Booy, Evan P.
    Manitoba Institute of Cell Biology, and Department of Biochemistry and Medical Genetics, Univ. Manitoba, Winnipeg, Canada.
    Los, Marek Jan
    Manitoba Institute of Cell Biology, Cancer Care Manitoba; Manitoba Institute of Child Health; Department of Biochemistry and Medical Genetics; Department of Human Anatomy and Cell Science, University Manitoba, Winnipeg, Canada, .
    Cytotoxic effects of intra and extracellular zinc chelation on human breast cancer cells2007In: European Journal of Pharmacology, ISSN 0014-2999, E-ISSN 1879-0712, Vol. 557, no 1, p. 9-19Article in journal (Refereed)
    Abstract [en]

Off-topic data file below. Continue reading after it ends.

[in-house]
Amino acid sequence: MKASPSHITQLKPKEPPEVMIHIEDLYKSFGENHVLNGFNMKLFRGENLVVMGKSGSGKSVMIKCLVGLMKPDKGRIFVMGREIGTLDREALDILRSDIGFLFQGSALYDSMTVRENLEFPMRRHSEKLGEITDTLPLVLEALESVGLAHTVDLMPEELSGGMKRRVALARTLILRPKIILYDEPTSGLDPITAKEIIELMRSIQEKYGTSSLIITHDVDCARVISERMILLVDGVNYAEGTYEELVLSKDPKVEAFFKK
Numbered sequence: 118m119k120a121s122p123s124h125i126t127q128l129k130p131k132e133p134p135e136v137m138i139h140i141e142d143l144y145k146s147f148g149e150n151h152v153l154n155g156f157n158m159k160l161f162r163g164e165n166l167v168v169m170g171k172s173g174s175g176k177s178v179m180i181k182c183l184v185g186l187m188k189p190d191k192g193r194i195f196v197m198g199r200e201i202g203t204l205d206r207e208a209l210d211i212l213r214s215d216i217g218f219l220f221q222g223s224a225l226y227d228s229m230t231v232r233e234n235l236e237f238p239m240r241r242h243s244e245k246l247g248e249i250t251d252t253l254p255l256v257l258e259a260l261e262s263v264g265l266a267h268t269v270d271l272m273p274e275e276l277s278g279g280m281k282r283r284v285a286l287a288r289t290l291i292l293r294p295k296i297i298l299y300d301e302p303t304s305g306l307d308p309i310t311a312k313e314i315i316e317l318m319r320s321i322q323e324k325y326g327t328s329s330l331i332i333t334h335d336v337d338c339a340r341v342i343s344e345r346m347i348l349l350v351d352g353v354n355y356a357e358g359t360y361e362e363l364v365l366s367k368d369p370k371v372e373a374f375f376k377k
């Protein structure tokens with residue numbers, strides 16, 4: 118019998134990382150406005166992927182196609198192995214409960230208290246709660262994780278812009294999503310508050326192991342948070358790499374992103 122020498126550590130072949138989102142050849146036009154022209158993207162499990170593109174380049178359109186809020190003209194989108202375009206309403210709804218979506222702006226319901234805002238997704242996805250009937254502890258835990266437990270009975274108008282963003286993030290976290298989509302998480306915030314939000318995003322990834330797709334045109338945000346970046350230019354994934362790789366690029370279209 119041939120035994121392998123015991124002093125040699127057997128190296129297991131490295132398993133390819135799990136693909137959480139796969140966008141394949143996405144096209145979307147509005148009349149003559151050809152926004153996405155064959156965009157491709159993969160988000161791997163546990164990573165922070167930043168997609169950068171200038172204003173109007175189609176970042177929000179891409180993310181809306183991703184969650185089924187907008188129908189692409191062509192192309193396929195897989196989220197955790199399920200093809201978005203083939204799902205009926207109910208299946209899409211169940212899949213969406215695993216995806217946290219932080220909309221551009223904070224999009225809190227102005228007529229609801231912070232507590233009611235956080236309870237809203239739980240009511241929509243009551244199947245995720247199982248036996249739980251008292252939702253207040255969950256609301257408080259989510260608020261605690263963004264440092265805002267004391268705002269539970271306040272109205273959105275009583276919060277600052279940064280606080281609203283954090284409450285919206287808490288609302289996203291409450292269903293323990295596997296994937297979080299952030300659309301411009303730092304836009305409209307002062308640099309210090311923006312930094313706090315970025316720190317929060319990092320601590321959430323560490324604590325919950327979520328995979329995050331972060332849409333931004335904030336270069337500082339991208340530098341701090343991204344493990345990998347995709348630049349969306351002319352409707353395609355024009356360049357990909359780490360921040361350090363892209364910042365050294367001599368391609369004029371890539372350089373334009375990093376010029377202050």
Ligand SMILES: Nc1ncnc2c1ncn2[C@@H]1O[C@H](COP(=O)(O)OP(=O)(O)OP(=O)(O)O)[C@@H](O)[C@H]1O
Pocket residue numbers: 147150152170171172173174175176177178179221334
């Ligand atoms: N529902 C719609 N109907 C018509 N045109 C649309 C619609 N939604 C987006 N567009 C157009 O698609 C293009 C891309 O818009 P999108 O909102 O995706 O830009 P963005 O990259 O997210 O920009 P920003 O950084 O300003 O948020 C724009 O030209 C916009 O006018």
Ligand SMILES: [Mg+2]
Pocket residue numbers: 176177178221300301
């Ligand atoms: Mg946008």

Zinc is an essential trace element with cofactor functions in a large number of proteins of intermediary metabolism, hormone secretion pathways, immune defence mechanisms, and as a cofactor of transcription factors it is also involved in the control of gene expression. Our study demonstrates that the modulation of intra and extracellular zinc alone is sufficient to induce metabolic changes or even apoptosis in two model human breast cancer cell lines MCF-7 and MDA-MB468. Treatment of breast cancer cells with different concentrations of a cell membrane permeable zinc chelator, N,N,N'N'-tetrakis(2-pyridylmethyl)ethylenediamine (TPEN) and the membrane impermeable zinc chelator, diethylenctriaminepentacetic acid, (DTPA) resulted in a significant increase of cell death. Features of apoptosis, such as chromatin condensation and nuclear fragmentation accompanied the DTPA and TPEN-induced cell death. A significant increase in the activity of caspase-9 was observed in both cell lines; whereas, caspase-3 activity was only increased in MDA-MB468 cells since caspase-3 is not expressed in MCF-7 cells. Caspase-8 activation was negligible in both cell lines. Addition of Zn2+ or Cu2+ prevented DTPA and TPEN-induced cytotoxicity, indicating that both bivalent cations can be replaced functionally to a certain extent in our experimental system. Interestingly, addition of Ca2+, or Mg2+ had no effect. The antioxidant N-Acetyl-L-Cysteine inhibited the cytotoxic effect of DTPA and TPEN, indicating that oxidative stress is the likely mediator of Zn-deficiency-related cell death. (c) 2006 Elsevier B.V. All rights reserved.